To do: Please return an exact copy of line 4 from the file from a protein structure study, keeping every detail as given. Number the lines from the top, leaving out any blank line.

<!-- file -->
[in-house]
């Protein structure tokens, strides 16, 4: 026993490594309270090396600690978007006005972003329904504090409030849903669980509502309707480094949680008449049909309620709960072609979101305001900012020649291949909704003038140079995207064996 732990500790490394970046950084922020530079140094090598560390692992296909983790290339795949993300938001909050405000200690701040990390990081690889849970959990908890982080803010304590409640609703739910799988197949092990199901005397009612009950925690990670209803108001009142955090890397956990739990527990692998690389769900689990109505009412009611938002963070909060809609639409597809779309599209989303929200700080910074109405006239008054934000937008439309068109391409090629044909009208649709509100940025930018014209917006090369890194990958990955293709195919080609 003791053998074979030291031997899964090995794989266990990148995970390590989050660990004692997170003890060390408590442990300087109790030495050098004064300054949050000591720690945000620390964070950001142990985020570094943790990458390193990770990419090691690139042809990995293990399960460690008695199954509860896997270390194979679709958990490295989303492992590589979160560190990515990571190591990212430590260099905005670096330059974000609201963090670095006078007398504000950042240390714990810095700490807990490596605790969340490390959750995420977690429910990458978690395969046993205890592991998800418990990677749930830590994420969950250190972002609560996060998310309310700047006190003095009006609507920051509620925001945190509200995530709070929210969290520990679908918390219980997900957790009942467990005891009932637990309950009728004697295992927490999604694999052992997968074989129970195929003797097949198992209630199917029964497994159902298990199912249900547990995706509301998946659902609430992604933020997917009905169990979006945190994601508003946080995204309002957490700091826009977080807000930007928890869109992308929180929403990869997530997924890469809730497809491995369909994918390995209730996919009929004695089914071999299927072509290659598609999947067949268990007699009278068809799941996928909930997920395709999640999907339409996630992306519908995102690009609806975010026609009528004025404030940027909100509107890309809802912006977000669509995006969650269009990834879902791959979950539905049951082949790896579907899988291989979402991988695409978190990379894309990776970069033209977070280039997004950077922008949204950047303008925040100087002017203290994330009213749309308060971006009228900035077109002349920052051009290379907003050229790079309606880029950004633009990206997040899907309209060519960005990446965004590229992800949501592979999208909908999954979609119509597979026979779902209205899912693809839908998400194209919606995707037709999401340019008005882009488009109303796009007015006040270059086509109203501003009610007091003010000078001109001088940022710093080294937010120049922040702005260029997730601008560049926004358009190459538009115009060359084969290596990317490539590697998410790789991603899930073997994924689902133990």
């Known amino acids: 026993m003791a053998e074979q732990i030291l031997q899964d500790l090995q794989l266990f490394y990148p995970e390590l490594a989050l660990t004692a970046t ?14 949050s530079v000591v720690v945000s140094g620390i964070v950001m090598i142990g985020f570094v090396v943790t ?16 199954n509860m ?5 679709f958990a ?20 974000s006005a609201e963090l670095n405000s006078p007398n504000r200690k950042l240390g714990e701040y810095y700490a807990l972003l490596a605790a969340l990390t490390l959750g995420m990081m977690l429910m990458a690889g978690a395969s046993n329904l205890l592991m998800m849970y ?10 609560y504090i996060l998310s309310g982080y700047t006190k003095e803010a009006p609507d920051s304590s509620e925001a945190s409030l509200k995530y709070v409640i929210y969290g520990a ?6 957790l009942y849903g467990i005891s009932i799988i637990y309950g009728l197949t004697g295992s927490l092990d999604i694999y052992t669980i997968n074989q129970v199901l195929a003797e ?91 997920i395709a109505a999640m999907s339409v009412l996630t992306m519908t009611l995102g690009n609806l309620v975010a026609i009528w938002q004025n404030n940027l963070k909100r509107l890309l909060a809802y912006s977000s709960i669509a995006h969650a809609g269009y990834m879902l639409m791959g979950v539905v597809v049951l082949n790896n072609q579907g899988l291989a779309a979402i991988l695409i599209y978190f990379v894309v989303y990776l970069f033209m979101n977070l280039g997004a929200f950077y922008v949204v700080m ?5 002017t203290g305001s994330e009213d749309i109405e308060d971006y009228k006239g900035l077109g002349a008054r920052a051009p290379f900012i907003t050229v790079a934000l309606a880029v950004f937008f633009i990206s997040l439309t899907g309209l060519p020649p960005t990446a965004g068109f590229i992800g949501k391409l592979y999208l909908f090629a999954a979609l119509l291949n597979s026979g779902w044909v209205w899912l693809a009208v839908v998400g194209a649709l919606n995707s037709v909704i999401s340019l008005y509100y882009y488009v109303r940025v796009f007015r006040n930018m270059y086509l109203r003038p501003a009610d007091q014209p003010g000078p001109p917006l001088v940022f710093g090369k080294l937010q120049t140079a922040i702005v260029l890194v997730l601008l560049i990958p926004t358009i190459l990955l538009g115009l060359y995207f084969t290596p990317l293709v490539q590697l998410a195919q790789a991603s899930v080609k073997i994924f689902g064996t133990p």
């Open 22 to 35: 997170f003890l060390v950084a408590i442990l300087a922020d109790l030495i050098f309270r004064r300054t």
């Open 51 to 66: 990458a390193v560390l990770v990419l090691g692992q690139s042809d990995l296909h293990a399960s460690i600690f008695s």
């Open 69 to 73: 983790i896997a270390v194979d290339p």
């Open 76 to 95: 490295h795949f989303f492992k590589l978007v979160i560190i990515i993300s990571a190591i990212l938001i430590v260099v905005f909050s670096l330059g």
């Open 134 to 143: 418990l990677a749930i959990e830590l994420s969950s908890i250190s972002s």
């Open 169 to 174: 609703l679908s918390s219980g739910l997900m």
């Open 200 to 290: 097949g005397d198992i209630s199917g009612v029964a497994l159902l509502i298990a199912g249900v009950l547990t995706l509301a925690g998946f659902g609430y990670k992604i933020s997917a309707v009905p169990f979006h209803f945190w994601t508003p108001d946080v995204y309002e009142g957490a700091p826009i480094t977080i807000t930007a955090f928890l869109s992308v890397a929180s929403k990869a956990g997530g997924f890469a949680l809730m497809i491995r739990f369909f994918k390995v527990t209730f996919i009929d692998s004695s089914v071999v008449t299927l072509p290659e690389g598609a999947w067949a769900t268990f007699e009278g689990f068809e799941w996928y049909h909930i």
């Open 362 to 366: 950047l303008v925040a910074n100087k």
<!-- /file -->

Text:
């Open 22 to 35: 997170f003890l060390v950084a408590i442990l300087a922020d109790l030495i050098f309270r004064r300054t």